Past Reviews

Regional Reviews: Seattle

Fun Home / Once Upon a Mattress
National Tour / Snoqualmie Falls Forest Theater
Review by David Edward Hughes


The Cast of Fun Home
Photo by Joan Marcus
For the next few weeks you can see two great productions of worthy musicals, one in the heart of downtown Seattle which is the Seattle stop for the first national tour of a powerful recent Tony Award winning musical, Fun Home, and one a 45-minute drive east from downtown in Fall City (Snoqualmie Falls Forest Theater), which brings back a now neglected gem that sky-rocketed Carol Burnett to a fairy-tale come true career, Once Upon A Mattress.

Fun Home is a fresh and emotionally walloping musical based on cult favorite comic artist Alison Bechdel's musical memoir with book and lyrics by Lisa Kron and sweeping music by Jeanine Tesori. It is marked by gothic twists, a family funeral home, sexual angst, and great books. It is a darkly funny family tale, which grows less funny and more desperate as a grown Alison retraces her steps back to her childhood and adolescence. We meet Alison's father, a historic preservation expert and obsessive restorer of the family's Victorian home, a third-generation funeral home director, a high school English teacher, an icily distant parent, and a closeted homosexual who, as it turns out, is involved with his male students and a family babysitter.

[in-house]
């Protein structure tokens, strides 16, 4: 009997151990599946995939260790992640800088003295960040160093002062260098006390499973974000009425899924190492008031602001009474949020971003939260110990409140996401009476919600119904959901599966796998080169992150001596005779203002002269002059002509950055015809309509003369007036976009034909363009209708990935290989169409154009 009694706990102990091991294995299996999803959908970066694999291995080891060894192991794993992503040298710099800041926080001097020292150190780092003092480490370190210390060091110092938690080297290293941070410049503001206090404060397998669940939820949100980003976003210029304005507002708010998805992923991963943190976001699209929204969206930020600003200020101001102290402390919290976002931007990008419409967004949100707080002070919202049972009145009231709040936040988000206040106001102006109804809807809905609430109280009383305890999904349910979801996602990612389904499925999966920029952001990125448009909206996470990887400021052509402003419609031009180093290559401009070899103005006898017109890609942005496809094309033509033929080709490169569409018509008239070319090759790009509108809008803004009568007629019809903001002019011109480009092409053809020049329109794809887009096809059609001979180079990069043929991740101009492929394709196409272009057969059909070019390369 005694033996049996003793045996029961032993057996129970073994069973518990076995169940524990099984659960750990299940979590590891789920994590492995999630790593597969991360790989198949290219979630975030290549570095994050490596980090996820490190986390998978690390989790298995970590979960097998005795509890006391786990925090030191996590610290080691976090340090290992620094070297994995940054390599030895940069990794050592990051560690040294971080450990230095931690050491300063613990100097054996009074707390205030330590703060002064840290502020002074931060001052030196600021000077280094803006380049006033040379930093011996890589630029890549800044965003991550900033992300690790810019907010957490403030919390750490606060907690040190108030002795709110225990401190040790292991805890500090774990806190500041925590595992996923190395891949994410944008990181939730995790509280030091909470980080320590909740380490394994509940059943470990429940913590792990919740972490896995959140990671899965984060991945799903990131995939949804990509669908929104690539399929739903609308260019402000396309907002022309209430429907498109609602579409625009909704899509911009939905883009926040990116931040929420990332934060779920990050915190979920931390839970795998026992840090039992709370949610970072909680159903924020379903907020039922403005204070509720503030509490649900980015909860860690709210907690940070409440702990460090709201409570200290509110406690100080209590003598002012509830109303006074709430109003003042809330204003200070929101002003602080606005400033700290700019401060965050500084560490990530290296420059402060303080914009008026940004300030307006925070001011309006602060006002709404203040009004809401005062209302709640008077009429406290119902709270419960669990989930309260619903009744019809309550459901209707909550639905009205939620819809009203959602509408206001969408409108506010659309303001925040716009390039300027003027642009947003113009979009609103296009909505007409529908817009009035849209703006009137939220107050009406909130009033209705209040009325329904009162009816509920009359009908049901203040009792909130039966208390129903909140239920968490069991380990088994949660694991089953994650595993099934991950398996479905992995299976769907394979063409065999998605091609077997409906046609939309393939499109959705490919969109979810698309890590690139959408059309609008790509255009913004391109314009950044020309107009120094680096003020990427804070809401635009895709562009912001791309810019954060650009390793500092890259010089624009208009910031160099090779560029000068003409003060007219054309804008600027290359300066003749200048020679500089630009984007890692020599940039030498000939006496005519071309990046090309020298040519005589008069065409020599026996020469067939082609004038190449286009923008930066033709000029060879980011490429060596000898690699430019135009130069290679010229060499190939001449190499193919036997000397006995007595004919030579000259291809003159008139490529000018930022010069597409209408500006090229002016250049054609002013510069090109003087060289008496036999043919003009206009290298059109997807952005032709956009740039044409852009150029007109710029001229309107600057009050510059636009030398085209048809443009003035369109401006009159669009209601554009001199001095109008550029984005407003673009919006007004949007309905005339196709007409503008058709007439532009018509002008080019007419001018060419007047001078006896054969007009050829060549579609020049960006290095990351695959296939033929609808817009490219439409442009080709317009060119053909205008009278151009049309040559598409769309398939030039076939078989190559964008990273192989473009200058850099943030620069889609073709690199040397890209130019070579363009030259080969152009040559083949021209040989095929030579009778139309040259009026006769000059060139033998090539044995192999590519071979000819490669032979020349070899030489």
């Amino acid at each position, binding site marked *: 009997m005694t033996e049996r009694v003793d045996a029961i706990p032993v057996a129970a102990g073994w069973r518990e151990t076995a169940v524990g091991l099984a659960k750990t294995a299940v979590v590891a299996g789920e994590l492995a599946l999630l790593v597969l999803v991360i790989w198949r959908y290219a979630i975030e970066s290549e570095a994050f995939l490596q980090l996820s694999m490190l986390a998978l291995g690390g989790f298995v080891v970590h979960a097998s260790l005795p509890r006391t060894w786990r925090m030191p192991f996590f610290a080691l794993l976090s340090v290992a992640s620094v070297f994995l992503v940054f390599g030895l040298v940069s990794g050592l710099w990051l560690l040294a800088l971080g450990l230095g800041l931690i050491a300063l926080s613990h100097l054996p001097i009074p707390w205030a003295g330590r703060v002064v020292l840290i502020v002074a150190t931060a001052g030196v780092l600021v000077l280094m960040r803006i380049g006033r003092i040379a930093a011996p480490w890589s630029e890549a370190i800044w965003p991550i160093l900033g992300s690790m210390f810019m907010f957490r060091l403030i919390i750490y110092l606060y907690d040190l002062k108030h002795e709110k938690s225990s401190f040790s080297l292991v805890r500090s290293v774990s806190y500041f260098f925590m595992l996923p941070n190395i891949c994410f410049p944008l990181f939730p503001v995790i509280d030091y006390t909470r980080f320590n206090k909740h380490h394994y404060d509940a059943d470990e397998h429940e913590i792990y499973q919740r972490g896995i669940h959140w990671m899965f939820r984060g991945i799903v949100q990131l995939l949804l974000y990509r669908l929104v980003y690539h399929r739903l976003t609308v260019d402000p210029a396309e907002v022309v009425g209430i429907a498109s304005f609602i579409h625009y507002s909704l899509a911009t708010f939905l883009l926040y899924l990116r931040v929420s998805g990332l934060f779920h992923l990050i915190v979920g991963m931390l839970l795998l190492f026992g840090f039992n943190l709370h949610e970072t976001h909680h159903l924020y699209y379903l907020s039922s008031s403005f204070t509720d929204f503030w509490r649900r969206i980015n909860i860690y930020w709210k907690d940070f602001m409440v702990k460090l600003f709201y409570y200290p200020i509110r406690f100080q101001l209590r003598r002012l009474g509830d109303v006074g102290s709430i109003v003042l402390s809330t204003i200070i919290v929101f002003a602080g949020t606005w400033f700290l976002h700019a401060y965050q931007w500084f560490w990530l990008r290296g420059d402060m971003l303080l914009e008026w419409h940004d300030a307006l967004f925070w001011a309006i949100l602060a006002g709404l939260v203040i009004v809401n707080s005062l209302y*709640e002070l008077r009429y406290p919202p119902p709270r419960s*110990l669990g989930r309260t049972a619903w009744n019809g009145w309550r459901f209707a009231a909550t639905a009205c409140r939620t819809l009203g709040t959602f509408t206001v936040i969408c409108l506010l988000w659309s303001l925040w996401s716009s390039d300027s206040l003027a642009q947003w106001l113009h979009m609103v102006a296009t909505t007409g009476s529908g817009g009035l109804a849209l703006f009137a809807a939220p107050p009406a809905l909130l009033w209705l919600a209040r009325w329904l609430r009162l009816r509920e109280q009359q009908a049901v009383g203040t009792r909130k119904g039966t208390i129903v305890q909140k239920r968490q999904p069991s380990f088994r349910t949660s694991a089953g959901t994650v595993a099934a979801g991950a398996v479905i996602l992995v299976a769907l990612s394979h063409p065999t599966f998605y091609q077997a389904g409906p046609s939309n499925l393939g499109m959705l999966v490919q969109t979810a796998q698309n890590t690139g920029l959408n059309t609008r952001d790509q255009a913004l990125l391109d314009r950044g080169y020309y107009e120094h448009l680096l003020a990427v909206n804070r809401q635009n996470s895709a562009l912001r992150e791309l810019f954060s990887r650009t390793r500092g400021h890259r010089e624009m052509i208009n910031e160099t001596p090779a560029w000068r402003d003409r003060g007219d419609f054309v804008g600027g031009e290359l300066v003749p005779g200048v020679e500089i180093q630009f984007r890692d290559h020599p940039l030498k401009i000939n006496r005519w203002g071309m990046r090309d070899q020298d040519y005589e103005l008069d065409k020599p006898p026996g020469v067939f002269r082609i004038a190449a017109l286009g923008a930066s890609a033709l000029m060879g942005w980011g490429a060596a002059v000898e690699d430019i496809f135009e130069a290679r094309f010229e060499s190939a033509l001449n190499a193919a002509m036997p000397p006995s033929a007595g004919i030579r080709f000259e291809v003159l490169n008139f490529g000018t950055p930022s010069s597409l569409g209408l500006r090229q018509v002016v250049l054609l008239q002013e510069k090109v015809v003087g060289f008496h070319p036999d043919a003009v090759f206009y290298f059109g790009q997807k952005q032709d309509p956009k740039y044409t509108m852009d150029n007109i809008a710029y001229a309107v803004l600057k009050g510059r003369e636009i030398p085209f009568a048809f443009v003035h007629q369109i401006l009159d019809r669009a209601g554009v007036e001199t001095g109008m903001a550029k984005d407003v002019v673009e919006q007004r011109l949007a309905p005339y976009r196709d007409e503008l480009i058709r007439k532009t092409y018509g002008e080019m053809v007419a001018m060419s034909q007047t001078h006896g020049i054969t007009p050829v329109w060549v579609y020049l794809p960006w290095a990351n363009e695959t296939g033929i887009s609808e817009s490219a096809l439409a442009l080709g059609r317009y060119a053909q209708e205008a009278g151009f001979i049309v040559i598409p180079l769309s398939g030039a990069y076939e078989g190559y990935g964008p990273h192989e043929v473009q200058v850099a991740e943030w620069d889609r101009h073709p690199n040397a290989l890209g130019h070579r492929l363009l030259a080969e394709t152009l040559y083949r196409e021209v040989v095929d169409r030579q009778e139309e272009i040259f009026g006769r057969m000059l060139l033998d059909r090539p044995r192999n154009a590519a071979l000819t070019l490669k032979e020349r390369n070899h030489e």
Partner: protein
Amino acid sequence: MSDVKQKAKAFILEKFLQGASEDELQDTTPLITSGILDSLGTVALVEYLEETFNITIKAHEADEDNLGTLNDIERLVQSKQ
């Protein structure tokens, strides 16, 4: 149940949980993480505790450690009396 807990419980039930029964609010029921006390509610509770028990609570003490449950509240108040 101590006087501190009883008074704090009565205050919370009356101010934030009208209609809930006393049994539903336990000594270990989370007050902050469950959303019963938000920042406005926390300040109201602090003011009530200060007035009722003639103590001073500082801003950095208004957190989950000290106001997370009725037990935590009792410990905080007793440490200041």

Through narrative that is alternately heartbreaking and fiercely funny, we are drawn into a daughter's complex yearning for her father. And yet, apart from assigned stints dusting caskets at the family-owned "fun home," as Alison and her brothers call it, the relationship achieves its most intimate expression through the shared code of books. When Alison comes out as homosexual herself in late adolescence, the denouement is swift, graphic and redemptive.